Then in the morning, quickly toast the hazelntuts and remaining chia seeds and hazelnuts on the stovetop. Complete the recipe by topping the overnight barley bowl with the crunchy nuts and seeds.
So that’s a quick primer on how to use barley in an overnight breakfast recipe! This meal tastes like a barley yogurt breakfast porridge of sorts.
I could hardly wait to open the fridge the next morning to see how the recipe turned out! (Spoiler: It was delicious.)
If you’re looking to make this a vegan meal, there are several options for replacing the yogurt and milk.
You could of course try vegan yogurt, and coconut milk and almond milk would also work well. It’s really simple to make those substitutions.
Nope! You don’t have to cook the barley when you soak it overnight.
Absolutely. I used a combo of white and black chia seeds in my overnight breakfast grains recipe because I think the barley breakfast bowl looks prettier this way. You can feel free to use just one variety, if you’d like.
I included a minimal amount of maple syrup, just two teaspoons, in this barley yogurt breakfast recipe because I like to keep added sugar to a minimum.
The American Heart Association recommends limiting added sugar to 2 Tablespoons (6 teaspoons) per day for women and 3 Tablespoons (9 teaspoons) for men. So I skipped the brown sugar you might normally find in pearl barley breakfast recipes.
More maple syrup recipes
This breakfast barley recipe will quickly become one of your favorite barley recipes! Looking for other recipes featuring maple syrup? I think you’ll love these:
- Wild Blueberry Peanut Butter Smoothie
- Vegan Grain Bowl with Maple-Dijon Dressing
- Matcha Green Tea Energy Muffins
Now go ahead and make your very own barley overnight oats of sorts, starting today! Then this overnight pearl barley recipe will be ready to eat in the morning.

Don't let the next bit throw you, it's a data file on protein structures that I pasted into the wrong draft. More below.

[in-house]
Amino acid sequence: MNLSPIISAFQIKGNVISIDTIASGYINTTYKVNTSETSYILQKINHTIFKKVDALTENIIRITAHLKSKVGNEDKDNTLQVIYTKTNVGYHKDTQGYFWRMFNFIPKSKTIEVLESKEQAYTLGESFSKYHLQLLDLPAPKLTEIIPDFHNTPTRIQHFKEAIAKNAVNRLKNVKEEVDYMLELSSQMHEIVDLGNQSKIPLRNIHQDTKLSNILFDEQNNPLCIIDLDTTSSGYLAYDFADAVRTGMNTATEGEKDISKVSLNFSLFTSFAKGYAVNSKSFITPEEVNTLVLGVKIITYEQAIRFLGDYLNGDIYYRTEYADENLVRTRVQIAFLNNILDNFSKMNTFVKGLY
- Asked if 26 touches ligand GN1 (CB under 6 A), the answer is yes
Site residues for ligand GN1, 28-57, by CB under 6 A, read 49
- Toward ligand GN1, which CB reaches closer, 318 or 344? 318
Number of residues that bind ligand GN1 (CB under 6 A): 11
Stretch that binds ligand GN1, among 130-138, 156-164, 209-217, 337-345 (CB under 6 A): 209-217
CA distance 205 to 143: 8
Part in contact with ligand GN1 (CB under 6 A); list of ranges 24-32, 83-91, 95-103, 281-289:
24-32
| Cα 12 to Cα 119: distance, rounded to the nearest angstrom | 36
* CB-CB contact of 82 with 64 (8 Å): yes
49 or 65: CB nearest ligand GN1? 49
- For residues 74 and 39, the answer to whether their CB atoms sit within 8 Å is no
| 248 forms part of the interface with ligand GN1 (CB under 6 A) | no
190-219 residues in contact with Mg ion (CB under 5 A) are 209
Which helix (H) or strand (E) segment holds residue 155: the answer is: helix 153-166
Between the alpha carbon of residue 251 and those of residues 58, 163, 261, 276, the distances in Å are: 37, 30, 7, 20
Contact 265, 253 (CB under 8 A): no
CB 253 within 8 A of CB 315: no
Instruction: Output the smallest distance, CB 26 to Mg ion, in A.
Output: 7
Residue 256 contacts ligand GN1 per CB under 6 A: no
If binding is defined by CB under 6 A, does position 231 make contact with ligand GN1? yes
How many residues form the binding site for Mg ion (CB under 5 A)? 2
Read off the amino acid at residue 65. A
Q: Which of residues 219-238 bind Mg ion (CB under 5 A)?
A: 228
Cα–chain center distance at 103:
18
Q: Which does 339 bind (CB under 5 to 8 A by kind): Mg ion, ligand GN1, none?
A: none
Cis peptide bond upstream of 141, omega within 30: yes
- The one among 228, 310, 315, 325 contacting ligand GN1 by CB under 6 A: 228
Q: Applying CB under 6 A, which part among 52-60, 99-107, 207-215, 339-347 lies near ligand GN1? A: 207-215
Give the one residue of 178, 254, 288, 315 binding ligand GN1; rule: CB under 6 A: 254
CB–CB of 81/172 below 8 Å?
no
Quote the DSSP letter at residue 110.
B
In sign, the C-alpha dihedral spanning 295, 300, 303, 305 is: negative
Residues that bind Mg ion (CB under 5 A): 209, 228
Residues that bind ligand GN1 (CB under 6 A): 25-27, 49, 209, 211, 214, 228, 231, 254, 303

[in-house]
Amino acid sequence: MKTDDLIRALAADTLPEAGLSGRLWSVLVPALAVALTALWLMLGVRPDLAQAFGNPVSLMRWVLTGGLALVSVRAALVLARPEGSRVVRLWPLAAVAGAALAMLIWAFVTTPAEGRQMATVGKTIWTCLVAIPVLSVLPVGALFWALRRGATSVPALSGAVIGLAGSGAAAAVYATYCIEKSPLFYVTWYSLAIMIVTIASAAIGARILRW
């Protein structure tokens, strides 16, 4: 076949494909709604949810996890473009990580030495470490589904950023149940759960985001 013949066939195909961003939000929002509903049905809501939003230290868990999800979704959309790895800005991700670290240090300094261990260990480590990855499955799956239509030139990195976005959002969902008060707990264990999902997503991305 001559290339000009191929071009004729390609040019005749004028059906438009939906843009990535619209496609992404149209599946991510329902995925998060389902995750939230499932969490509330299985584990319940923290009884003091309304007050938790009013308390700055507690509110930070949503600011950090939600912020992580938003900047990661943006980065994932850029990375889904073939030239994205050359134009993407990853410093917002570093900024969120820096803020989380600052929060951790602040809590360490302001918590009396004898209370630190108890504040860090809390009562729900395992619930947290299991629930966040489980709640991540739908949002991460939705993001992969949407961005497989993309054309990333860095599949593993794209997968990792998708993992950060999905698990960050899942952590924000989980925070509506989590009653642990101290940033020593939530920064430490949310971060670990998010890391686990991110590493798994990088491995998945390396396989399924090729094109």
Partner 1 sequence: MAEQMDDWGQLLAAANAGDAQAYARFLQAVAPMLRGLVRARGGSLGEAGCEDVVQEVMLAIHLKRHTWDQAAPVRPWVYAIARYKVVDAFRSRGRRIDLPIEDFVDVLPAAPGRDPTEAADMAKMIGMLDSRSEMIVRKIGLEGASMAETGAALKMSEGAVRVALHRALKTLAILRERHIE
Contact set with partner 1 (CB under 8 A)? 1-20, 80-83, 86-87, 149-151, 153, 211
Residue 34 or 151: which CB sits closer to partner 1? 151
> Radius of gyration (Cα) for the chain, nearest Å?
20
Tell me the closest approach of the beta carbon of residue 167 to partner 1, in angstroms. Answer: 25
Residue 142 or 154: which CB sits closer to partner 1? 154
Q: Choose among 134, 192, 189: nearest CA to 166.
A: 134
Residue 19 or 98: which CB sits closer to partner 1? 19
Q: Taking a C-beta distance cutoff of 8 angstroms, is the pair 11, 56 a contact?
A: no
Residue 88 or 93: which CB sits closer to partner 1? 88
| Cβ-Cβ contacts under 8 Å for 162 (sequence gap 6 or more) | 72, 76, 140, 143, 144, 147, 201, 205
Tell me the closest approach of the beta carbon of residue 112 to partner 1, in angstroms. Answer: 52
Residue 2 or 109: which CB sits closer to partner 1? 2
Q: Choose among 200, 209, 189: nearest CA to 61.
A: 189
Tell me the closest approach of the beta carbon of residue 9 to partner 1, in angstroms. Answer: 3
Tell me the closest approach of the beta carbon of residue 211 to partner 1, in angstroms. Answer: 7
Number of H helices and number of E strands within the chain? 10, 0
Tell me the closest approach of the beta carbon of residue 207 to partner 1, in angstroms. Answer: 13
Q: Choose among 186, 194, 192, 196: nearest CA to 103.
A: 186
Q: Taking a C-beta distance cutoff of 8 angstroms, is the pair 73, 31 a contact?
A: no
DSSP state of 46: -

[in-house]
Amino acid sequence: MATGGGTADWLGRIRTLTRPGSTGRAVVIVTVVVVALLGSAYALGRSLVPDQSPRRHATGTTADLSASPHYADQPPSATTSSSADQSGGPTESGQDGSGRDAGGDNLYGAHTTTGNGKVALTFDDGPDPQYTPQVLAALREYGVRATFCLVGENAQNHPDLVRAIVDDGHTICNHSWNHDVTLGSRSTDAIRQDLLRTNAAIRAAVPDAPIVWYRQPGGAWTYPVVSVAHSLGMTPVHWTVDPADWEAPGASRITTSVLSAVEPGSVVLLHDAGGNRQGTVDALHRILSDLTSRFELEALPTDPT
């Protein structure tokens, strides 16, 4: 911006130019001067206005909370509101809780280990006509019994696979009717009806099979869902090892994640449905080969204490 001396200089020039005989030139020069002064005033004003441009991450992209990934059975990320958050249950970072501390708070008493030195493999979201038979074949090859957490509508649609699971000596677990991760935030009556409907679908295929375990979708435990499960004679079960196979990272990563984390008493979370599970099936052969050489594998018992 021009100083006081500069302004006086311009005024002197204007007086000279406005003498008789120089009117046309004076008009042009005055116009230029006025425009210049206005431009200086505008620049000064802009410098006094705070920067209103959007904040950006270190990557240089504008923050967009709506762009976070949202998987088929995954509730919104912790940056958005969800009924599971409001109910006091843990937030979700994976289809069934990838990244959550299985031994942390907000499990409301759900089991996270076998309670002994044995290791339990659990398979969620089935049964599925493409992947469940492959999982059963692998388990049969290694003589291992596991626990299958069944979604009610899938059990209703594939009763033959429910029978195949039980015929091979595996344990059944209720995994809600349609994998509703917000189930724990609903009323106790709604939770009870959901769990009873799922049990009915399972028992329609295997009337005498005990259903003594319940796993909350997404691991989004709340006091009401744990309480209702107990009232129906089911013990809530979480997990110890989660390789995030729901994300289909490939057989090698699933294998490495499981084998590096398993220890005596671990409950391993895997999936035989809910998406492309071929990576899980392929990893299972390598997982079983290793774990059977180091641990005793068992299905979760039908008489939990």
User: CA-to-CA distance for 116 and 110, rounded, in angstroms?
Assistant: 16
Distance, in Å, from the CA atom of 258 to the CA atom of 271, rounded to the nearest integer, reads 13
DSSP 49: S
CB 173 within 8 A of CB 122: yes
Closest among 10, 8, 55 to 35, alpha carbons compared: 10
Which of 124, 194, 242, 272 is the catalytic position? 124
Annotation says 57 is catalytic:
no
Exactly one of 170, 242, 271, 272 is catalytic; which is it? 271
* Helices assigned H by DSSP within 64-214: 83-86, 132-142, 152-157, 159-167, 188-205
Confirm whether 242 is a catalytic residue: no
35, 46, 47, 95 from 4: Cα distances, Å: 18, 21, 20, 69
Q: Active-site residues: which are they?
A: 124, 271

Note: This content was updated in June 2022 and was originally part of a partnership with Maple Syrup from Canada.
Overnight Barley Breakfast Bowl
- 3 tbsp pearled barley
- 1 tbsp white chia seeds
- ¼ cup low-fat plain Greek yogurt
- ¼ cup low-fat milk
- 2 tsp pure maple syrup
- 1 apple, diced
- 1 tbsp hazelnuts
- 1 tsp black chia seeds
- Combine barley, white chia seeds, yogurt, milk, and maple syrup in a small bowl.
- In an eight-ounce mason jar, layer barley mixture with apple pieces. Refrigerate overnight.
- In a small nonstick pan over medium-high heat, toast hazelnuts and black chia seeds for 3-4 minutes; toss occasionally.
- Top barley bowl with toasted nuts and seeds.
Will you make this overnight barley porridge bowl? What are your favorite healthy breakfast ingredients? How do you cook with maple syrup?
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question: do you have to cooke the pearl barley first?
Great question! I would cook it first to reduce the cooking time of this breakfast bowl.
Amy, I see barley hulled, pearled, flakes and grits. Can all these varieties be soaked overnight in milk and eaten raw the next morning ? Or must some of them be cooked ? Thank you !
Great question! If you jump down to my Recipe FAQ section, you can see that I have an answer for you. No, you do not need to cook barley before consuming it, though soaking it overnight (as you do for this recipe) is best for the texture. Hope that helps!